Note that there are some texts which at first seem to refute what I have said, and which none­the­less confirm it. We have seen above that free men under the monar­chy were obli­ged only to fur­nish cer­tain conveyan­ces ; the capi­tu­lary which I have just cited calls that census, and contrasts it to the cens which was paid by serfs.19

Moreover, the Edict of Pistres20 speaks of those free men who had to pay the royal cens for them­sel­ves and for their hou­ses,21 and who had sold them­sel­ves during the famine. The king wants them to be redee­med. The rea­son is22 that those who were freed by royal let­ters did not nor­mally acquire a full and entire free­dom,23 but paid cen­sum in capite, and that is the sort of per­sons who are spo­ken of here.

We must the­re­fore dis­card the idea of a gene­ral and uni­ver­sal cens deri­ved from the Romans’ admi­nis­tra­tion, from which we sup­pose that the duties of lords have simi­larly deri­ved by usur­pa­tions. What was cal­led cens in the French monar­chy, inde­pen­dently of the abuse that has been made of this word, was an indi­vi­dual duty levied on serfs by mas­ters.

I beg the rea­der’s for­gi­ve­ness for the mor­tal tedium which so many quo­ta­tions must give him ; I would be more brief if I did not still find before me the book on The Establishment of the French Monarchy in the Gauls by the abbé Dubos. Nothing sets back the pro­gress of know­ledge more than a bad book by a well-known author, because before you can ins­truct, you must first disa­buse.

Leges alamannorum, ch. xxii, and Lex Baiuwariorum, tit. 1, ch. xiv, where we find the statutes which the ecclesiastics made on their state.

Book V of the capitularies, ch. ccciii.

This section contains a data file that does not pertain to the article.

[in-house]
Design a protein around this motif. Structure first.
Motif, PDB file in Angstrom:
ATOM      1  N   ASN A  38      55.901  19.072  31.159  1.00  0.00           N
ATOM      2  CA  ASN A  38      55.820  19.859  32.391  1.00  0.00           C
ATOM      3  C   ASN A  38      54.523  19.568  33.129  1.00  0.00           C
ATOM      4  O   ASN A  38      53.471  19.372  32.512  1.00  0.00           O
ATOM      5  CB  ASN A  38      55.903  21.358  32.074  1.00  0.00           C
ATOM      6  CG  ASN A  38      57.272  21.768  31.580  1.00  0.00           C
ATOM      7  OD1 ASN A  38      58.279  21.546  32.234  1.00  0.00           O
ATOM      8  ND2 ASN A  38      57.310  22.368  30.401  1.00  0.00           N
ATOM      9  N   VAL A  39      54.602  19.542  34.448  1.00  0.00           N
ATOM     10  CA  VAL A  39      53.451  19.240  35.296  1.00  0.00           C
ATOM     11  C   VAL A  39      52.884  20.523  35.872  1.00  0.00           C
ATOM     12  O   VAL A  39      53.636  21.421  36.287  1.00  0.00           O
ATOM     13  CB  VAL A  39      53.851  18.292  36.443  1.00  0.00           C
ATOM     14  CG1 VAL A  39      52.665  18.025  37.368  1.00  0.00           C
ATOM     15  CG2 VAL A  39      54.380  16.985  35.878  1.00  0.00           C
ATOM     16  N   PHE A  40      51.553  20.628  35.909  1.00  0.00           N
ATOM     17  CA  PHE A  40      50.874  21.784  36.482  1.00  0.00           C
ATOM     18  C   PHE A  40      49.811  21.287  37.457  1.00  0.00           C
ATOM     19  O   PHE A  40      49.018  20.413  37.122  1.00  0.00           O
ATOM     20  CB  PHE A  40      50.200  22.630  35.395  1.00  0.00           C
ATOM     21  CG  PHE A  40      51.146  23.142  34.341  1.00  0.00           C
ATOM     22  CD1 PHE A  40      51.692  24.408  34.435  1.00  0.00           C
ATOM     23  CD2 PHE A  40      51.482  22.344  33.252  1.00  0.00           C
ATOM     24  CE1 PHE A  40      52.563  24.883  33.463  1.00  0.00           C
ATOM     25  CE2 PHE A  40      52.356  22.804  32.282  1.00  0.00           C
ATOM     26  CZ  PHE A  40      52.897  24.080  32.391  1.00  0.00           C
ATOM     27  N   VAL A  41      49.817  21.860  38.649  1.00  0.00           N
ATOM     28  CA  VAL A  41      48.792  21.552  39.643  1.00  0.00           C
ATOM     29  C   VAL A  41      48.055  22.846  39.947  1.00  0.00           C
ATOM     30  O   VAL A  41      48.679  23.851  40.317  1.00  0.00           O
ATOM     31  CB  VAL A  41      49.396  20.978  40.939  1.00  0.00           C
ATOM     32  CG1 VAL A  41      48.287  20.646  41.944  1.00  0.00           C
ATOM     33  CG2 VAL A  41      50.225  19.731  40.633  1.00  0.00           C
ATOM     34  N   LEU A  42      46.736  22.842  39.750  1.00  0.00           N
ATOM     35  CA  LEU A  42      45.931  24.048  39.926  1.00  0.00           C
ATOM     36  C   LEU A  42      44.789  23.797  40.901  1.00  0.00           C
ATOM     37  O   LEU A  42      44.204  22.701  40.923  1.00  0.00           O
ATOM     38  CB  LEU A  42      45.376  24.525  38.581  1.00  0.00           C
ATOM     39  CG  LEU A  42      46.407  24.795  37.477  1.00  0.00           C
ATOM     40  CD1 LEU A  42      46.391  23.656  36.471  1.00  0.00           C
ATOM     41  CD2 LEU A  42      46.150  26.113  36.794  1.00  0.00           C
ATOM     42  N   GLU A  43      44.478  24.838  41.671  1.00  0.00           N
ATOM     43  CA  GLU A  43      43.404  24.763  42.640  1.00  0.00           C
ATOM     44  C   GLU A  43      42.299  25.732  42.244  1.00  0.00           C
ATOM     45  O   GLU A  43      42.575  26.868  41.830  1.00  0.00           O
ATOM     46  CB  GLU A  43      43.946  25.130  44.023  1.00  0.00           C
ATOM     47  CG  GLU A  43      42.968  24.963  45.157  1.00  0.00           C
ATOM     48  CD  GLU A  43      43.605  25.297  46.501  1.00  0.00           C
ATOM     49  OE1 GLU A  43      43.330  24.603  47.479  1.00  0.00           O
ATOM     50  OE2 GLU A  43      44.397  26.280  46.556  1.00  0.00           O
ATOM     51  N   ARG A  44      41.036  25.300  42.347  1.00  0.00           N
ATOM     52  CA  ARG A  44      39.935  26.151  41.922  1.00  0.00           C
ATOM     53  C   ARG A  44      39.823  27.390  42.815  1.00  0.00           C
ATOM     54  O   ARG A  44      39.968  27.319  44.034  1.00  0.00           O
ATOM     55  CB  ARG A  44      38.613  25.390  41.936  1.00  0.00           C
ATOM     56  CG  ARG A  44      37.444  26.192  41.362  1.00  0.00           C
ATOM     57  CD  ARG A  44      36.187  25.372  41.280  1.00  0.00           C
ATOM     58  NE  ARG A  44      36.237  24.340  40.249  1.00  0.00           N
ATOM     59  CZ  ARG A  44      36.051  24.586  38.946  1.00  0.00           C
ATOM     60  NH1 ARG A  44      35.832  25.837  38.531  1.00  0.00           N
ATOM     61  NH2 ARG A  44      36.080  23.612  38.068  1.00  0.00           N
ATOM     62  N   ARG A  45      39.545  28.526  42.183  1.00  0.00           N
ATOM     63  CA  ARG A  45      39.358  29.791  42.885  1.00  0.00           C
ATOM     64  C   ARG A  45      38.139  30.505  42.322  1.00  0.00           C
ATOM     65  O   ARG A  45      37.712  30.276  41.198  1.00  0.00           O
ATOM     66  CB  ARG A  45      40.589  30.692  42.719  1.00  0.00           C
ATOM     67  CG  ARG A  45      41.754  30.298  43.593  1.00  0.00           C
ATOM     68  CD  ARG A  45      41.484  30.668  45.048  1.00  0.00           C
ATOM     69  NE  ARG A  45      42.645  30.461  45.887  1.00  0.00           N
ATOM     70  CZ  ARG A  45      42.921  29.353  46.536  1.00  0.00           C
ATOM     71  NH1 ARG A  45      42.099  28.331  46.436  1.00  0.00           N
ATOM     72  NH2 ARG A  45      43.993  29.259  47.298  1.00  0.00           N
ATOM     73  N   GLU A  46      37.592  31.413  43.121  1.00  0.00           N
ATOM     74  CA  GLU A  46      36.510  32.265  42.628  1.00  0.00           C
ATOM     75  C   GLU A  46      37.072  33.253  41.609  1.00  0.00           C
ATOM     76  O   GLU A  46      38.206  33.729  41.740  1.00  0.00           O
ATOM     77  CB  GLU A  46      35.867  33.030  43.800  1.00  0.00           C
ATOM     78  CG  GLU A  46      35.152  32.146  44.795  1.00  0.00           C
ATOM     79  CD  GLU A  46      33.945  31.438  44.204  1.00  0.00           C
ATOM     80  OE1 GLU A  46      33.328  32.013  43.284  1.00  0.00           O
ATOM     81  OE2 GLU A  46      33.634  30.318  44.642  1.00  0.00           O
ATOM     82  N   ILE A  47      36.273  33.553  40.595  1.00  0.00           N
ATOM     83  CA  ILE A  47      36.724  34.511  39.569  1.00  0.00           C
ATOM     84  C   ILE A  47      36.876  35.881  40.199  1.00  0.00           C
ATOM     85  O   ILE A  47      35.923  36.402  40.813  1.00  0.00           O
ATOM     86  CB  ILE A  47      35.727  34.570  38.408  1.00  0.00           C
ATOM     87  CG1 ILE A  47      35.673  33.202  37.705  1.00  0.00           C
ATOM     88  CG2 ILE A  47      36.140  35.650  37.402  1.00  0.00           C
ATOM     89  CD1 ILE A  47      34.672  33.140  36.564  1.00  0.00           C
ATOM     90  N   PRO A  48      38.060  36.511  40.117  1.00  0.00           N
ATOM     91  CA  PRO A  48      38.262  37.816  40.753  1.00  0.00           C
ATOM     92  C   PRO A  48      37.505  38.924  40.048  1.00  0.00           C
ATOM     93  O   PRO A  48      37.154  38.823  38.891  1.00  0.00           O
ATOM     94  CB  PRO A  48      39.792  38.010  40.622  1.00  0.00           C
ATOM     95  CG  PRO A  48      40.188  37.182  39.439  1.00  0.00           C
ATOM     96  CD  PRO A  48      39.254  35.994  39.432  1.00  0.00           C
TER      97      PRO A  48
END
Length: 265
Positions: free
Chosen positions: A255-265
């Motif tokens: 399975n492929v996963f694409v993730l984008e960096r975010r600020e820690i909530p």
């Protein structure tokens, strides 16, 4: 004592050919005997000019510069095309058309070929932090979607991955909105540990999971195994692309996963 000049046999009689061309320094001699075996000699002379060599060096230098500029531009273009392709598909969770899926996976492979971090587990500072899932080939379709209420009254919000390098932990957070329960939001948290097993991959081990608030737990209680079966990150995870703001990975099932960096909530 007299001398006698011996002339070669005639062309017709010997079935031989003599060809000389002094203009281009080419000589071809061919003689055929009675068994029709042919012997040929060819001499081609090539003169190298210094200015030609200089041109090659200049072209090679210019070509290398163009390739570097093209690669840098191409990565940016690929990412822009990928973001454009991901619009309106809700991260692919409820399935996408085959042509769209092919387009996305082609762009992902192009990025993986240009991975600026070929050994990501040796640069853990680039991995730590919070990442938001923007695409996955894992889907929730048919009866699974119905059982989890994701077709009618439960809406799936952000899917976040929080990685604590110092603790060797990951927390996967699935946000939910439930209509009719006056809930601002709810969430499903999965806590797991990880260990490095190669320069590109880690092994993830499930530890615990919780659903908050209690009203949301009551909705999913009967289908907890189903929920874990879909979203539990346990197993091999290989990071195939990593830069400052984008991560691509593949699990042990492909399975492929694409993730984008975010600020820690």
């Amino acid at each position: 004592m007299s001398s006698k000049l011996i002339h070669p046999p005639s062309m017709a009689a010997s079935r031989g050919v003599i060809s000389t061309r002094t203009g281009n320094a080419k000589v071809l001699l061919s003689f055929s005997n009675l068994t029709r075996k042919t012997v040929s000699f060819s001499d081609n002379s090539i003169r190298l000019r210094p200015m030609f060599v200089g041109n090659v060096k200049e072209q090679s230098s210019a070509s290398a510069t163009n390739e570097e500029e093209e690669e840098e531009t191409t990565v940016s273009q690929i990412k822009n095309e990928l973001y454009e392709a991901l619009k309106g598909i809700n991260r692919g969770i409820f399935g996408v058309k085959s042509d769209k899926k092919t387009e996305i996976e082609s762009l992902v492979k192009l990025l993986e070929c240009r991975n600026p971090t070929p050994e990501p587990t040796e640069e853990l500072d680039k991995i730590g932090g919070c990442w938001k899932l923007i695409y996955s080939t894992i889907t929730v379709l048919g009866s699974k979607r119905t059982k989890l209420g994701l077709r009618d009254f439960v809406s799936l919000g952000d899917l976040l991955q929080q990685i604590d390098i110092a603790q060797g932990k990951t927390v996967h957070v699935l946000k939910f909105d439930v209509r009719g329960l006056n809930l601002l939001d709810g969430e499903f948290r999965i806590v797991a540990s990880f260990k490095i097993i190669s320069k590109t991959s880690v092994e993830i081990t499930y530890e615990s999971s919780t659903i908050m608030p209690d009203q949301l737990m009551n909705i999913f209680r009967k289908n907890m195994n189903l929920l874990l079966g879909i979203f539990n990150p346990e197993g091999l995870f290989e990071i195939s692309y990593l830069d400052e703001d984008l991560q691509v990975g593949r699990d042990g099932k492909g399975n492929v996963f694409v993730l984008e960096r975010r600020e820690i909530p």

Si ille de capite suo bene ingenuus sit, and in Puletico publico censitus non est (book I, formula 19).

Of the year 789, Baluze ed. of capitularies, vol. I, p. 250.

Et ut ista Ingenuitatis pagina firma stabilisque consistat (ibid.).

Pristinæque libertati donatos, and omni nobis debito Censu solutos (ibid.).

Præceptum pro Hispanis, of the year 812, Baluze ed., vol. I, p. 500.

Year 844, Baluze ed., vol. II, art. 1–2, p. 27.

Capitulary III of the year 805, art. 20 and 22 appended to the Compendium of Anzegise, book III, art. 15 ; it is consistent with that of Charles the Bald for the year 854 apud Attiniacum, art. 6.

Undecumque legitime exigebatur (ibid.).

For the year 812, arts. 10–11, Baluze ed., vol. I, p. 498.

Undecumque antiquitus ad partem regis venire solebant (capitulary of the year 812, art. 10–11).

Of the year 813, art. 6, Baluze ed., vol. I, p. 508.

De illis unde censa exigunt (capitulaire of the year 813, art. 6).

Book IV of the capitularies, art. 37, and appended to Leges Langobardoroum.

Si quis terram tributariam, unde census ad partem nostram exire solebat, susceperit (book IV of the capitularies, art. 37).

Of the year 805, art. 8.

Unde census ad partem regis exivit antiquitus (capitulary of the year 805, art. 8).

Censibus vel paraveredis quos franci homines ad regiam potestatem exsolvere debent.

Of the year 864, art. 34, Baluze ed., p. 192.

De illis francis hominibus qui censum regium de suo capite and de suis recellis debeant (ibid.).

Art. 28 of the same edict explains all this well ; it makes a distinction between the Roman and Frankish freed men, and there again we see that the cens was not general : this must be read.

As seen in a capitulary of Charlemagne of the year 813, already cited.